The discovery of RNA interference has clarified the mechanisms behind RNA transfer between cells in an organism and between the organism and the environment. It also attributed a central doctrine to molecular biology. Until then, it was thought that information embodied in the genetic code only flowed from… DNA To RNA, and from there to proteins, but Fire and Craig's work revealed that double-stranded RNA could block this flow. Messenger RNA is destroyed by RNA interference, which silences specific genes without changing the DNA sequence, showing that RNA can also perform a regulatory function in the genome. Although the human genome contains about 30,000 genes, only a few are used in each cell to synthesize proteins. A large proportion of them play a regulatory role, affecting the expression of other genes.

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Balance is everything

“We wanted to understand how this process might interfere with important physiological functions associated with aging. In C. elegansThe transfer of RNA between cells involves what are known as RNA interference defective (SID) genes. [responsible for different stages in RNA absorption and export]. We observed that the pattern of gene expression associated with this pathway in specific tissues changed during aging. Messenger RNA that encodes the SID-1 protein [fundamental to cellular uptake of RNA]“For example, it increased in some tissues and decreased in others,” Morey said.

To learn more about the role of RNA in tissue signaling, the researchers conducted experiments in which they manipulated the expression of the SID-1 protein in specific tissue lines. C. elegansSuch as nerve cells, intestines, and muscles, in order to change their function.

“We found that mutants with no SID-1 function are as healthy as wild-type worms, while overexpression of SID-1 in the intestine, muscle, or neurons reduces the lifespan of the respective worms. We also found that reduced lifespan is associated with overexpression of SID-1 in the intestine, muscle, or nerve cells. In the expression of other proteins in the RNA transport pathway, such as SID-2 and SID-5.

Dysregulation may underlie the distribution of RNA to tissues. “To dysregulate RNA distribution in worms, we increased SID-1 expression in specific tissues [gut, muscles, and neurons] It was found that directing it to a specific organ led to a decrease in lifespan.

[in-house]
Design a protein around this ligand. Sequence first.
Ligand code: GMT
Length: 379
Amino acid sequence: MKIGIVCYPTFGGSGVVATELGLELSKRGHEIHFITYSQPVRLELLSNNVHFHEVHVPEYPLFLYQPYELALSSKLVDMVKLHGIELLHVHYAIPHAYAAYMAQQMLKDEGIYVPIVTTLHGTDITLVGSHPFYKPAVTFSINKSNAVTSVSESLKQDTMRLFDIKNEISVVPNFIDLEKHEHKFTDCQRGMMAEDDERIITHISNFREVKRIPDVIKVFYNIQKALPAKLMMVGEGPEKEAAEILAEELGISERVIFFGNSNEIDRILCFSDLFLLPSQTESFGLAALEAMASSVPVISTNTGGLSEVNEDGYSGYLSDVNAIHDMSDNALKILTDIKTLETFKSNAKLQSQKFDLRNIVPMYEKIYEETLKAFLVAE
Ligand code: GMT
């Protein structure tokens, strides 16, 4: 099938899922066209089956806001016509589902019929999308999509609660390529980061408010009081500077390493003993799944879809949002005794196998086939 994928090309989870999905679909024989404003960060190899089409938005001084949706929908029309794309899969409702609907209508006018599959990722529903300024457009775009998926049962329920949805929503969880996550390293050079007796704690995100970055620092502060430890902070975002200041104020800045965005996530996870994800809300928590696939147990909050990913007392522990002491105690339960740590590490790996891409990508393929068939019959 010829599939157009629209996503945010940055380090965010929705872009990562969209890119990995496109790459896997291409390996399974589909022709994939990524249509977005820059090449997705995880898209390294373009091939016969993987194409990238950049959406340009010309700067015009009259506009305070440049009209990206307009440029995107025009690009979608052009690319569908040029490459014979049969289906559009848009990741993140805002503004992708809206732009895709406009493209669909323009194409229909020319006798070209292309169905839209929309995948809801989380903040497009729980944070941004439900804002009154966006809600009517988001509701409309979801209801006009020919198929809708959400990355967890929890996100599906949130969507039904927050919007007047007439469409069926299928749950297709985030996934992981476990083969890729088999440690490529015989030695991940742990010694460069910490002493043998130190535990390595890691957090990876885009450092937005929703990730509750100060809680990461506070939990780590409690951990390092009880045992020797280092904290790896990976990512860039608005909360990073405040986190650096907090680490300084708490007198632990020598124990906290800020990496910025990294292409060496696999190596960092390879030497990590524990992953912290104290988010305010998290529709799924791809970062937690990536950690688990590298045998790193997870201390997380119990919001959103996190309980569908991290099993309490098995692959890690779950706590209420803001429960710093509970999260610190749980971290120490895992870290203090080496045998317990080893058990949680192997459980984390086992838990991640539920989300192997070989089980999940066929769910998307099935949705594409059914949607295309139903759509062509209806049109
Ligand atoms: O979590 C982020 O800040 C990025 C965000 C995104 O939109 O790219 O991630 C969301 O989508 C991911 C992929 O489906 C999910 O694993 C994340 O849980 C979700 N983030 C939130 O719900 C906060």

“We also showed that this defect in transfer RNA led to a loss of function in the pathway that produces microRNAs.” [small pieces of non-coding RNA with a regulatory function]. It is as if the greater number of RNAs transferred to these tissues created a kind of competition in which the production of microRNAs was the loser. Previous research had already shown that loss of function in microRNA production led to decreased lifespan.

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The UNICAMP group has also investigated the transfer of exogenous RNA (between the external environment and the organism). As in previous experiments, decreased lifespan is associated with overexpression of SID-2, which mediates RNA absorption from the intestine, and with overproduction of RNA by the bacteria that the worms feed on and that end up In intestinal microorganisms.

“We think worms may use exogenous RNA to monitor microorganisms in the environment, but negative effects may occur when their tissues absorb excessive amounts,” Morey said. “When we forced bacteria in the laboratory to express more dsRNA, the lifespan of the worms decreased. Excess RNA transfer interferes with homeostasis and endogenous RNA production, which accelerates the aging process.”

Reference: “Tissue-specific overexpression of systemic RNA interference components limits lifespan in C. elegans” by Henrique Camara, Mehmet Dinçer Inan, Karls A. Vergani-Junior, Silas Pinto, Thiago L. Knittel, Willian G. Salgueiro, Guilherme Tonon-da Silva, Juliana Ramírez, Diogo de Moraes, Dessie L. Braga, Evandro A. D'Souza and Marcelo A. Mori, November 18, 2023, The gene.
doi: 10.1016/j.gene.2023.148014

The study was funded by the Sao Paulo Research Foundation.